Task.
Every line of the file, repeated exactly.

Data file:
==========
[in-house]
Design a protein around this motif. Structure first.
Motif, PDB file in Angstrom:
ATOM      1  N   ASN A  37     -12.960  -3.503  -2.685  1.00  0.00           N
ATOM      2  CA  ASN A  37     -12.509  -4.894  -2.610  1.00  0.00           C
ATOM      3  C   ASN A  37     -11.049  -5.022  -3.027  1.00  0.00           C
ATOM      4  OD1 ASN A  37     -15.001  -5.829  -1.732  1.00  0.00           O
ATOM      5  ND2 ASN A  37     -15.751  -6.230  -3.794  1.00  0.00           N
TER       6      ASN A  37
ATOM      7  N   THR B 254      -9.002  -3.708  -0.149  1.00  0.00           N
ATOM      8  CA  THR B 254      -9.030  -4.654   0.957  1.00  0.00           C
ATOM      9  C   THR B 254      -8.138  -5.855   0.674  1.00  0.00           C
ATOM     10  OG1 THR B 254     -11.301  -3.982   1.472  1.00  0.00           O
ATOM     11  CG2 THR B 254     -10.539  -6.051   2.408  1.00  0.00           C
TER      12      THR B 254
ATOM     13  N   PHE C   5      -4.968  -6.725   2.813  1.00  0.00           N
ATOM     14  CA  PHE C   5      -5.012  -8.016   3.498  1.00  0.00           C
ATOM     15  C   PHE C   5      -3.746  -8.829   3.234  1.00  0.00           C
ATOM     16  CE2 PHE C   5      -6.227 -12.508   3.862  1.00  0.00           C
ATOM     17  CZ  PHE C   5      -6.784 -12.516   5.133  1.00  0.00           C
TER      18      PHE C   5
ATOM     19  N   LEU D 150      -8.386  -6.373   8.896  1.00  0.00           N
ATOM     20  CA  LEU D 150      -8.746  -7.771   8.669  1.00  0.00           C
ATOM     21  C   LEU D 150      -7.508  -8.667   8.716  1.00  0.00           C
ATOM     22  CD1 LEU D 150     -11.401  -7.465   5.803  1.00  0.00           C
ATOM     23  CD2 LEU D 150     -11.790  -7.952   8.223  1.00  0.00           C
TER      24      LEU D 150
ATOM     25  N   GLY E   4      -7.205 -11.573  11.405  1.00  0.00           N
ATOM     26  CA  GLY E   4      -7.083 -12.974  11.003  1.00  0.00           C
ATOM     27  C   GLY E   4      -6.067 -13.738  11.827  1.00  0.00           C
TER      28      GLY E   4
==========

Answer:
[in-house]
Design a protein around this motif. Structure first.
Motif, PDB file in Angstrom:
ATOM      1  N   ASN A  37     -12.960  -3.503  -2.685  1.00  0.00           N
ATOM      2  CA  ASN A  37     -12.509  -4.894  -2.610  1.00  0.00           C
ATOM      3  C   ASN A  37     -11.049  -5.022  -3.027  1.00  0.00           C
ATOM      4  OD1 ASN A  37     -15.001  -5.829  -1.732  1.00  0.00           O
ATOM      5  ND2 ASN A  37     -15.751  -6.230  -3.794  1.00  0.00           N
TER       6      ASN A  37
ATOM      7  N   THR B 254      -9.002  -3.708  -0.149  1.00  0.00           N
ATOM      8  CA  THR B 254      -9.030  -4.654   0.957  1.00  0.00           C
ATOM      9  C   THR B 254      -8.138  -5.855   0.674  1.00  0.00           C
ATOM     10  OG1 THR B 254     -11.301  -3.982   1.472  1.00  0.00           O
ATOM     11  CG2 THR B 254     -10.539  -6.051   2.408  1.00  0.00           C
TER      12      THR B 254
ATOM     13  N   PHE C   5      -4.968  -6.725   2.813  1.00  0.00           N
ATOM     14  CA  PHE C   5      -5.012  -8.016   3.498  1.00  0.00           C
ATOM     15  C   PHE C   5      -3.746  -8.829   3.234  1.00  0.00           C
ATOM     16  CE2 PHE C   5      -6.227 -12.508   3.862  1.00  0.00           C
ATOM     17  CZ  PHE C   5      -6.784 -12.516   5.133  1.00  0.00           C
TER      18      PHE C   5
ATOM     19  N   LEU D 150      -8.386  -6.373   8.896  1.00  0.00           N
ATOM     20  CA  LEU D 150      -8.746  -7.771   8.669  1.00  0.00           C
ATOM     21  C   LEU D 150      -7.508  -8.667   8.716  1.00  0.00           C
ATOM     22  CD1 LEU D 150     -11.401  -7.465   5.803  1.00  0.00           C
ATOM     23  CD2 LEU D 150     -11.790  -7.952   8.223  1.00  0.00           C
TER      24      LEU D 150
ATOM     25  N   GLY E   4      -7.205 -11.573  11.405  1.00  0.00           N
ATOM     26  CA  GLY E   4      -7.083 -12.974  11.003  1.00  0.00           C
ATOM     27  C   GLY E   4      -6.067 -13.738  11.827  1.00  0.00           C
TER      28      GLY E   4